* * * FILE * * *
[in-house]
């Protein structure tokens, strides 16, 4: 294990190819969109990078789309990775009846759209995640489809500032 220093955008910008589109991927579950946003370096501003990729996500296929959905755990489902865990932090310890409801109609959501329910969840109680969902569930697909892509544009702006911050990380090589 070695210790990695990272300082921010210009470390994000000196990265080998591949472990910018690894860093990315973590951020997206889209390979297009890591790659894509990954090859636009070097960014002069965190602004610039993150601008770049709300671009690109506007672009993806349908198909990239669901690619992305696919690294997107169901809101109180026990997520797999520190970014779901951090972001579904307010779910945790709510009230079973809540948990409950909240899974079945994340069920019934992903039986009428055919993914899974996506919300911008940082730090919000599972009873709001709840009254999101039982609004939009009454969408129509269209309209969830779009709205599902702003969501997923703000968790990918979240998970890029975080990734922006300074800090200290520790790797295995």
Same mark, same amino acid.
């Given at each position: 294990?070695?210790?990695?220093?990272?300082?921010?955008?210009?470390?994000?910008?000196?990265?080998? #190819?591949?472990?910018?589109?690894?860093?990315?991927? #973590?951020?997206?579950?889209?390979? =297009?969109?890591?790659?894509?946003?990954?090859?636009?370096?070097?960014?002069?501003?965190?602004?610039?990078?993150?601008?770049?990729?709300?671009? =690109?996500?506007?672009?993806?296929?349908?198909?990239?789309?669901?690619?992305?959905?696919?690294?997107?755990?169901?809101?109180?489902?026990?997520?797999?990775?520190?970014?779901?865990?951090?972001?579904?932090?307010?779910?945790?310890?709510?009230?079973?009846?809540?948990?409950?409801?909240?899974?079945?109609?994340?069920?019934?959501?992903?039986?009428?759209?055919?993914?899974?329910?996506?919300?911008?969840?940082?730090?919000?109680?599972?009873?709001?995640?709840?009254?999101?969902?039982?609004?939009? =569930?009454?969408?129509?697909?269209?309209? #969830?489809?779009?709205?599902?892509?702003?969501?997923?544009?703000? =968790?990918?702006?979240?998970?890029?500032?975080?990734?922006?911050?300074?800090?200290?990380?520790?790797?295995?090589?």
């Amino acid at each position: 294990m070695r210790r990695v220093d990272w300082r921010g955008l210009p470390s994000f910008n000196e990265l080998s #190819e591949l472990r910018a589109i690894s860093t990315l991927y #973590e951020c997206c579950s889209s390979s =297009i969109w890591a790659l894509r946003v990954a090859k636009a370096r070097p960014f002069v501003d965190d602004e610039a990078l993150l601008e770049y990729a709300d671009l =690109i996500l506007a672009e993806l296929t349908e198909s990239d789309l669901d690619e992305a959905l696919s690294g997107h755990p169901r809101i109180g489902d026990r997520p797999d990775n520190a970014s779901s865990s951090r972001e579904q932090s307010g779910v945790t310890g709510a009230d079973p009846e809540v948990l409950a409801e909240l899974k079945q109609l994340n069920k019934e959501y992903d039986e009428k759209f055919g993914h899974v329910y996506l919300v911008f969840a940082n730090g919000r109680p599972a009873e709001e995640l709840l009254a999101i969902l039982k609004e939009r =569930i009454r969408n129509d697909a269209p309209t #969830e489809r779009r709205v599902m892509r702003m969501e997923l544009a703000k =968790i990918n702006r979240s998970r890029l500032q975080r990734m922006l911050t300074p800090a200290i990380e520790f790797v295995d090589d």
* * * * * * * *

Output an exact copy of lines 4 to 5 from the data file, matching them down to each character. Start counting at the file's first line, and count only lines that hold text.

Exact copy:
């Given at each position: 294990?070695?210790?990695?220093?990272?300082?921010?955008?210009?470390?994000?910008?000196?990265?080998? #190819?591949?472990?910018?589109?690894?860093?990315?991927? #973590?951020?997206?579950?889209?390979? =297009?969109?890591?790659?894509?946003?990954?090859?636009?370096?070097?960014?002069?501003?965190?602004?610039?990078?993150?601008?770049?990729?709300?671009? =690109?996500?506007?672009?993806?296929?349908?198909?990239?789309?669901?690619?992305?959905?696919?690294?997107?755990?169901?809101?109180?489902?026990?997520?797999?990775?520190?970014?779901?865990?951090?972001?579904?932090?307010?779910?945790?310890?709510?009230?079973?009846?809540?948990?409950?409801?909240?899974?079945?109609?994340?069920?019934?959501?992903?039986?009428?759209?055919?993914?899974?329910?996506?919300?911008?969840?940082?730090?919000?109680?599972?009873?709001?995640?709840?009254?999101?969902?039982?609004?939009? =569930?009454?969408?129509?697909?269209?309209? #969830?489809?779009?709205?599902?892509?702003?969501?997923?544009?703000? =968790?990918?702006?979240?998970?890029?500032?975080?990734?922006?911050?300074?800090?200290?990380?520790?790797?295995?090589?």
């Amino acid at each position: 294990m070695r210790r990695v220093d990272w300082r921010g955008l210009p470390s994000f910008n000196e990265l080998s #190819e591949l472990r910018a589109i690894s860093t990315l991927y #973590e951020c997206c579950s889209s390979s =297009i969109w890591a790659l894509r946003v990954a090859k636009a370096r070097p960014f002069v501003d965190d602004e610039a990078l993150l601008e770049y990729a709300d671009l =690109i996500l506007a672009e993806l296929t349908e198909s990239d789309l669901d690619e992305a959905l696919s690294g997107h755990p169901r809101i109180g489902d026990r997520p797999d990775n520190a970014s779901s865990s951090r972001e579904q932090s307010g779910v945790t310890g709510a009230d079973p009846e809540v948990l409950a409801e909240l899974k079945q109609l994340n069920k019934e959501y992903d039986e009428k759209f055919g993914h899974v329910y996506l919300v911008f969840a940082n730090g919000r109680p599972a009873e709001e995640l709840l009254a999101i969902l039982k609004e939009r =569930i009454r969408n129509d697909a269209p309209t #969830e489809r779009r709205v599902m892509r702003m969501e997923l544009a703000k =968790i990918n702006r979240s998970r890029l500032q975080r990734m922006l911050t300074p800090a200290i990380e520790f790797v295995d090589d």